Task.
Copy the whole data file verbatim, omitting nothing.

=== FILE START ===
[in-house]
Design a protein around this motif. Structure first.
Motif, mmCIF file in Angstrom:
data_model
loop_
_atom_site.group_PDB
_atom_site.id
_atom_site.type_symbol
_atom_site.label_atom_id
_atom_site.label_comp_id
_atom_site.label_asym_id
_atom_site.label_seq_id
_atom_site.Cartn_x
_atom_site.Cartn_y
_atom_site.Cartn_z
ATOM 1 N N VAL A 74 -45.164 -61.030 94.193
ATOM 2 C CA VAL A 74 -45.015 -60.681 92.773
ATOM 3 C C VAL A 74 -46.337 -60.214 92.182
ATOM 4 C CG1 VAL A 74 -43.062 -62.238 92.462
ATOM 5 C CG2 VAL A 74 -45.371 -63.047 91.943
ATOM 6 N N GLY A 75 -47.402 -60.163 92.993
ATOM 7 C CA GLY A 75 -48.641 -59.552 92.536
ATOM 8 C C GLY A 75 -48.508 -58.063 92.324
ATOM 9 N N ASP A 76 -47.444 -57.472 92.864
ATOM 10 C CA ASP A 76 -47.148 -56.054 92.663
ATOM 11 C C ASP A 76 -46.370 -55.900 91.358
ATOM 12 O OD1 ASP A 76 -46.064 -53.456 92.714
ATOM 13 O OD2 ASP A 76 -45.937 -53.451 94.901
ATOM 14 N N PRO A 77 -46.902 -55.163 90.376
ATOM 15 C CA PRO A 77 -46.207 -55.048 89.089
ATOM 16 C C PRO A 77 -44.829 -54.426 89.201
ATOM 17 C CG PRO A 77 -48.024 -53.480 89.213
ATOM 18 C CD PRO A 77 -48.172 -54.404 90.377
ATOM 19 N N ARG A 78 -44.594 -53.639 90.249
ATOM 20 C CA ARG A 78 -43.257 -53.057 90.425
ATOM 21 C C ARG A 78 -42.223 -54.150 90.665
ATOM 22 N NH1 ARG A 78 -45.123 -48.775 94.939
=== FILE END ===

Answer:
[in-house]
Design a protein around this motif. Structure first.
Motif, mmCIF file in Angstrom:
data_model
loop_
_atom_site.group_PDB
_atom_site.id
_atom_site.type_symbol
_atom_site.label_atom_id
_atom_site.label_comp_id
_atom_site.label_asym_id
_atom_site.label_seq_id
_atom_site.Cartn_x
_atom_site.Cartn_y
_atom_site.Cartn_z
ATOM 1 N N VAL A 74 -45.164 -61.030 94.193
ATOM 2 C CA VAL A 74 -45.015 -60.681 92.773
ATOM 3 C C VAL A 74 -46.337 -60.214 92.182
ATOM 4 C CG1 VAL A 74 -43.062 -62.238 92.462
ATOM 5 C CG2 VAL A 74 -45.371 -63.047 91.943
ATOM 6 N N GLY A 75 -47.402 -60.163 92.993
ATOM 7 C CA GLY A 75 -48.641 -59.552 92.536
ATOM 8 C C GLY A 75 -48.508 -58.063 92.324
ATOM 9 N N ASP A 76 -47.444 -57.472 92.864
ATOM 10 C CA ASP A 76 -47.148 -56.054 92.663
ATOM 11 C C ASP A 76 -46.370 -55.900 91.358
ATOM 12 O OD1 ASP A 76 -46.064 -53.456 92.714
ATOM 13 O OD2 ASP A 76 -45.937 -53.451 94.901
ATOM 14 N N PRO A 77 -46.902 -55.163 90.376
ATOM 15 C CA PRO A 77 -46.207 -55.048 89.089
ATOM 16 C C PRO A 77 -44.829 -54.426 89.201
ATOM 17 C CG PRO A 77 -48.024 -53.480 89.213
ATOM 18 C CD PRO A 77 -48.172 -54.404 90.377
ATOM 19 N N ARG A 78 -44.594 -53.639 90.249
ATOM 20 C CA ARG A 78 -43.257 -53.057 90.425
ATOM 21 C C ARG A 78 -42.223 -54.150 90.665
ATOM 22 N NH1 ARG A 78 -45.123 -48.775 94.939